I have always found it hard to tell people NO. Such a simple word but it has the power to make you free or keep you tied down. Sadly, I didn’t learn its importance until I got into the University.
My university life came with a pipe of endless responsibilities. In a short time, I found myself thrust into volunteer work, church work and school work. Everything that came up had my attention because I was eager to prove myself.
There was also the fact that I didn’t want to be seen as rude or to hurt anybody’s feelings. In a sense, activities made me feel needed. There was this warmth that filled me up when I accomplished tasks. Those days I would tell myself “Omo, without you, so and so would not have happened.”It was a heady feeling but then I didn’t know that it was also a self destructive one.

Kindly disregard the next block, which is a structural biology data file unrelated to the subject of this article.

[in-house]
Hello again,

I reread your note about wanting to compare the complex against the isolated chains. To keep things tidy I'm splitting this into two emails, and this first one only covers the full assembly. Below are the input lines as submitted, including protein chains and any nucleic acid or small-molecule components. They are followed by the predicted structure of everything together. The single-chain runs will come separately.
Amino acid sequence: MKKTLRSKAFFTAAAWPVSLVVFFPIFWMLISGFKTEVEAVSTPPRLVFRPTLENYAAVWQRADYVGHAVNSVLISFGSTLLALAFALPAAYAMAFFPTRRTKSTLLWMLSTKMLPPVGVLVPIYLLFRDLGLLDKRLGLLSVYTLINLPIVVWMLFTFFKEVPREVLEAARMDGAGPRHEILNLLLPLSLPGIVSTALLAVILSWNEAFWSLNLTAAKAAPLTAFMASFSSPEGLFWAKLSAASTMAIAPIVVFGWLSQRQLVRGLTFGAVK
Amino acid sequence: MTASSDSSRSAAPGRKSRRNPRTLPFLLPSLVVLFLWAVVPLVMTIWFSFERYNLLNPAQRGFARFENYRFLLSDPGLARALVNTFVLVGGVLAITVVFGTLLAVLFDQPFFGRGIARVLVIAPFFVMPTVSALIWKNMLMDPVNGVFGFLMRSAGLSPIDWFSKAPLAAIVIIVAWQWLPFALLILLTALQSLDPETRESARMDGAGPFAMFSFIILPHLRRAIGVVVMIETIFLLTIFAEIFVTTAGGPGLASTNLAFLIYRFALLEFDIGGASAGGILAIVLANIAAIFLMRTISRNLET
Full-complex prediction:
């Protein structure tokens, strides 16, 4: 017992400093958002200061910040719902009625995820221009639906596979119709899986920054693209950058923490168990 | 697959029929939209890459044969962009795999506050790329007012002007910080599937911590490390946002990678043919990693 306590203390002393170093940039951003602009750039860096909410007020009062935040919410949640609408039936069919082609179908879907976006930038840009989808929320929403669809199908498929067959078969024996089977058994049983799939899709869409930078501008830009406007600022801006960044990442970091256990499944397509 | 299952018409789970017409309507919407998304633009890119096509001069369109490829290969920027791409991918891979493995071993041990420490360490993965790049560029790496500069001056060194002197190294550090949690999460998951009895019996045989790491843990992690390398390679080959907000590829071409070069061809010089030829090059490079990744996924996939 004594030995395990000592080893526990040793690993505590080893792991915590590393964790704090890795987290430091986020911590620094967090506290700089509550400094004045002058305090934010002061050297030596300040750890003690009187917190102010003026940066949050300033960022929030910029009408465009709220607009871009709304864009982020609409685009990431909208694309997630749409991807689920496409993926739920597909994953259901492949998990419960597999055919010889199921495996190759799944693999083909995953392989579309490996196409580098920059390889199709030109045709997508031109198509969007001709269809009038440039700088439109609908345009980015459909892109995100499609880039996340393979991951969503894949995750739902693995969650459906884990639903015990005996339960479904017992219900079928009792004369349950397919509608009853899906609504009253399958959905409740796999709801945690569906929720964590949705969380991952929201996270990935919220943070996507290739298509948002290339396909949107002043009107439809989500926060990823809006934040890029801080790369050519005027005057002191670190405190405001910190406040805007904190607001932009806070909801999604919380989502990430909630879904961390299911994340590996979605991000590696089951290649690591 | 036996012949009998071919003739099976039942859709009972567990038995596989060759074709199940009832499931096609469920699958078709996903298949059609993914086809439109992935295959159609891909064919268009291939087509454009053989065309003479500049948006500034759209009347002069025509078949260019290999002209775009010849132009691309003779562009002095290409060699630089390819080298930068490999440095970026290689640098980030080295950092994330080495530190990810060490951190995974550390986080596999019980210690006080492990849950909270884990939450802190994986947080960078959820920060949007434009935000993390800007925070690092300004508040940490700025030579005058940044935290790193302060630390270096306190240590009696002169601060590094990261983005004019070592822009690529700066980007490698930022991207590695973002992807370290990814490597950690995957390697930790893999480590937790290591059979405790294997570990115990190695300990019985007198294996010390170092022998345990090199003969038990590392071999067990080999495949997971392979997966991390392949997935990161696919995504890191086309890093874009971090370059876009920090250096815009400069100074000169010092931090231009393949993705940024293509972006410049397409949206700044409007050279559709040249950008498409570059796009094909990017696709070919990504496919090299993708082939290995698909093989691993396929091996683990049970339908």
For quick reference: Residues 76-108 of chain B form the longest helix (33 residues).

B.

When I began to notice something was wrong was during the final week to exams. I had two dinners to go to coupled with revision classes and to help out a friend in setting up a youth friendly library for church. While I was trying not to hurt anyone, I ended up being the person shouldering everyone’s burden with little time for myself.
Eventually I crashed and became sick. It was a harsh wake up call for me. Especially because all the activities that I signed up for and was assigned to do went on despite my “absence” while I was huddled up in the bed, coughing up phlegm and drinking hot tea.
Since then, it’s been easier for me to put myself first. Saying NO is liberating. Saying NO is selfcare. And it’s okay. We should normalise hearing and saying no, even if it’s to people we care about. Remember, no one is really indispensable. Prioritise. Choose yourself. And live a life that is balanced between work and rest.